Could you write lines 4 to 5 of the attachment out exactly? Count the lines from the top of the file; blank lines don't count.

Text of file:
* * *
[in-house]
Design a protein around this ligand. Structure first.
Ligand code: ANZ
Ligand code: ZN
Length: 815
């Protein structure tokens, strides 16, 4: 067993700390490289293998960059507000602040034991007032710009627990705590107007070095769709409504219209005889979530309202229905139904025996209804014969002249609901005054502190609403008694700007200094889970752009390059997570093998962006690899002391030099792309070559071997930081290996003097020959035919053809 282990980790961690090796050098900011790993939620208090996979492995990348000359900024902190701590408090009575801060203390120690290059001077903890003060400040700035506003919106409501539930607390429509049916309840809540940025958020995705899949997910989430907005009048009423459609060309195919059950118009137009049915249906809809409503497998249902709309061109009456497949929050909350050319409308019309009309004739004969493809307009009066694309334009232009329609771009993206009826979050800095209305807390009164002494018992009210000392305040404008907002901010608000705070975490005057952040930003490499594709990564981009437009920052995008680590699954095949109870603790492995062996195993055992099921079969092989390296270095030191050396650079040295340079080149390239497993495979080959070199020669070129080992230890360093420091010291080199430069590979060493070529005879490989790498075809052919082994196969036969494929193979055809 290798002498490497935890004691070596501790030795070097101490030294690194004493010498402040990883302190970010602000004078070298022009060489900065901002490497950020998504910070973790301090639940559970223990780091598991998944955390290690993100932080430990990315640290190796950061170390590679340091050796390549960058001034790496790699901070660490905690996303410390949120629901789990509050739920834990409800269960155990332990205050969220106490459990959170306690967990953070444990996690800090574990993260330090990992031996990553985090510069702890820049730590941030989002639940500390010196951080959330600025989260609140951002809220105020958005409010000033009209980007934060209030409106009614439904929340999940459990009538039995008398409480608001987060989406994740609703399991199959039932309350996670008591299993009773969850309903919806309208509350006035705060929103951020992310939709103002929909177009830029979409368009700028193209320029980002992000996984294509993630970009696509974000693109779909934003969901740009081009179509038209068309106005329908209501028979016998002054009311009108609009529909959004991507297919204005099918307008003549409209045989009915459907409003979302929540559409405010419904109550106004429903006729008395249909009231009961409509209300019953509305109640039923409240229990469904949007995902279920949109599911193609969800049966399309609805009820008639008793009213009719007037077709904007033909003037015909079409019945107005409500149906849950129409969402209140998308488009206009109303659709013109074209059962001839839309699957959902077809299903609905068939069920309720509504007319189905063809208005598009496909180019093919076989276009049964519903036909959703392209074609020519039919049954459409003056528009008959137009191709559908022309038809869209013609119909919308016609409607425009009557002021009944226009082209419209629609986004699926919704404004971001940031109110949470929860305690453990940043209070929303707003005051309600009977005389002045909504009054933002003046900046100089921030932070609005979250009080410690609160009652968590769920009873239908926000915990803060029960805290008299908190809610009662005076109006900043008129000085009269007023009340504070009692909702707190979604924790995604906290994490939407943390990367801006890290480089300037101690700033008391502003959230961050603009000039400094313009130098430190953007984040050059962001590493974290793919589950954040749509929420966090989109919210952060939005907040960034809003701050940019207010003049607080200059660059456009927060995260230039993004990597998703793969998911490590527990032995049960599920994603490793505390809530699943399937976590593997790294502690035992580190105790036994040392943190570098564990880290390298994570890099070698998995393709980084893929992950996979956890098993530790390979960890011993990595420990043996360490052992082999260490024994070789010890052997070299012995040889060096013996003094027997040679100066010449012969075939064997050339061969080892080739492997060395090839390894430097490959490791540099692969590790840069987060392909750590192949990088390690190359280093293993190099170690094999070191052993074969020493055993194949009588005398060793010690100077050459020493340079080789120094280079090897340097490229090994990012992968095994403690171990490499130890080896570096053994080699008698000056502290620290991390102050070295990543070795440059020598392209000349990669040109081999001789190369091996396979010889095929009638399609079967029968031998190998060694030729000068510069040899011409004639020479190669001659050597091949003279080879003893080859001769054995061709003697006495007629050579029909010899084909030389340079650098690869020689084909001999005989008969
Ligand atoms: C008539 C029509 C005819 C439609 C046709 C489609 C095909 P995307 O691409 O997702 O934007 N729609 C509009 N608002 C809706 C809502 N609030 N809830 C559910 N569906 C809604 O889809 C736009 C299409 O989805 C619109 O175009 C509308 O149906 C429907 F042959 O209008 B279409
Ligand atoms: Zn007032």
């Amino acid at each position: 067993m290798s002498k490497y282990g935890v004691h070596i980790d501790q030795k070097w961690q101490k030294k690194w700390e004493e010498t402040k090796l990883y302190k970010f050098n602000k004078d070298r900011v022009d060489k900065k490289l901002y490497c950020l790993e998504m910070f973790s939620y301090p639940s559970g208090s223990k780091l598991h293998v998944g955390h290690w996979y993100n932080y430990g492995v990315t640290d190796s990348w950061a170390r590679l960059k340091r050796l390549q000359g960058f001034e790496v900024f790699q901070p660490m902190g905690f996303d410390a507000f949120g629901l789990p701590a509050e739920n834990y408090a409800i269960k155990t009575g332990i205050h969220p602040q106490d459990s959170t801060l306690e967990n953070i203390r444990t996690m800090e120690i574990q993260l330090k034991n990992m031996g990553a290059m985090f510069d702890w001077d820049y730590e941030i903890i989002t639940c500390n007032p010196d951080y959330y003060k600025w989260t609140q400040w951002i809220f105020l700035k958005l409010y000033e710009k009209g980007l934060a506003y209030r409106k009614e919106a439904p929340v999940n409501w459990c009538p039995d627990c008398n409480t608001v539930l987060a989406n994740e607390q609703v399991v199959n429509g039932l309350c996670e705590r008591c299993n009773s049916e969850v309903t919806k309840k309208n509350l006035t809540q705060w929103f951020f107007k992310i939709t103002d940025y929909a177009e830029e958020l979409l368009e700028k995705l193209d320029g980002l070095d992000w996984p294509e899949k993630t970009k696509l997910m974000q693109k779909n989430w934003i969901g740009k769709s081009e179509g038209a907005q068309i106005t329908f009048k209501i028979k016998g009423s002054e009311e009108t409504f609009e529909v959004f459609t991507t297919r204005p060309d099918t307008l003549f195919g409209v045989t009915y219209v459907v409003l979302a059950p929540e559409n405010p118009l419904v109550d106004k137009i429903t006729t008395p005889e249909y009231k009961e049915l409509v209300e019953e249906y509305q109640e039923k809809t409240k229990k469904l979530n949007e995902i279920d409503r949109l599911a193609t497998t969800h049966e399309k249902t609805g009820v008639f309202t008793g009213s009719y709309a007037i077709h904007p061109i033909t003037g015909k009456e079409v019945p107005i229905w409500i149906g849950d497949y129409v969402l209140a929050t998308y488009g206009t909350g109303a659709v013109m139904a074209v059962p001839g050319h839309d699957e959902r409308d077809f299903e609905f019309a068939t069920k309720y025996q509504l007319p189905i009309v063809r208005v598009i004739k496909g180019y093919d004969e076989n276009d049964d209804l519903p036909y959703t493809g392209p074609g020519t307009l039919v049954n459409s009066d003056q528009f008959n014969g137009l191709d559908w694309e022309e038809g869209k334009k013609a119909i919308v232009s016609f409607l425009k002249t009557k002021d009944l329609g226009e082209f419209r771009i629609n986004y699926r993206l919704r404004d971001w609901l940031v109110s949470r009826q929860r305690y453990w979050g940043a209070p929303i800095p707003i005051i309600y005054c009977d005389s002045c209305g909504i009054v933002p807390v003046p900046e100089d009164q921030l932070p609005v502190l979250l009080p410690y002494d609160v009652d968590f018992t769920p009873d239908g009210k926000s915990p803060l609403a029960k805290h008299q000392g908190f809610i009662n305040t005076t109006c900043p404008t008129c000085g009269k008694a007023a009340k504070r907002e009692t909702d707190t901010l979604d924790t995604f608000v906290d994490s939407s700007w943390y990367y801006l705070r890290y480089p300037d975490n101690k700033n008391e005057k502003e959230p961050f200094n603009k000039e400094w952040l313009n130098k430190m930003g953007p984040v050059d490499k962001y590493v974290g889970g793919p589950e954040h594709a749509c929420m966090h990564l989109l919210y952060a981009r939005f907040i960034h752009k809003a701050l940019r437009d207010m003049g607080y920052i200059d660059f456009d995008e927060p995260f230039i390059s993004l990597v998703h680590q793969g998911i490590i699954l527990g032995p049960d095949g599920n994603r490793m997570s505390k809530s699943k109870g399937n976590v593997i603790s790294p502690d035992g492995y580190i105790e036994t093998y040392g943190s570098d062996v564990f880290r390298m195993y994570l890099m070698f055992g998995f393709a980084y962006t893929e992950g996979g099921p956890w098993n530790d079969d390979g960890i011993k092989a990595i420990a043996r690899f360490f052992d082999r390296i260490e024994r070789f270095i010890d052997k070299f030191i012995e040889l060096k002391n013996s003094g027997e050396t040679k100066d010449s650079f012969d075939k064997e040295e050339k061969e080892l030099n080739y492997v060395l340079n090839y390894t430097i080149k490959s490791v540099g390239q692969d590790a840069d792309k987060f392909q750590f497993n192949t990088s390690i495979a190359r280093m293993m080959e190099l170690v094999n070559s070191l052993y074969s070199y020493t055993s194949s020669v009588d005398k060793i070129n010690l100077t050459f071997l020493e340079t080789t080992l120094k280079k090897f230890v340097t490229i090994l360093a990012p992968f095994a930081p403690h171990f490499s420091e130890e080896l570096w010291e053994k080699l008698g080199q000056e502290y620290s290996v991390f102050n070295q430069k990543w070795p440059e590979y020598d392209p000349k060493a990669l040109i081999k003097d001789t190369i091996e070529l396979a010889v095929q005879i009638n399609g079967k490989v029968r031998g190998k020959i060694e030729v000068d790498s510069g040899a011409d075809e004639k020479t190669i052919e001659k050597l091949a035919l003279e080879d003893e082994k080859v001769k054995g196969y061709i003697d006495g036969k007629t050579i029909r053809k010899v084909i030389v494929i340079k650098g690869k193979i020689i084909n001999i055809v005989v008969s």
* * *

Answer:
Ligand code: ZN
Length: 815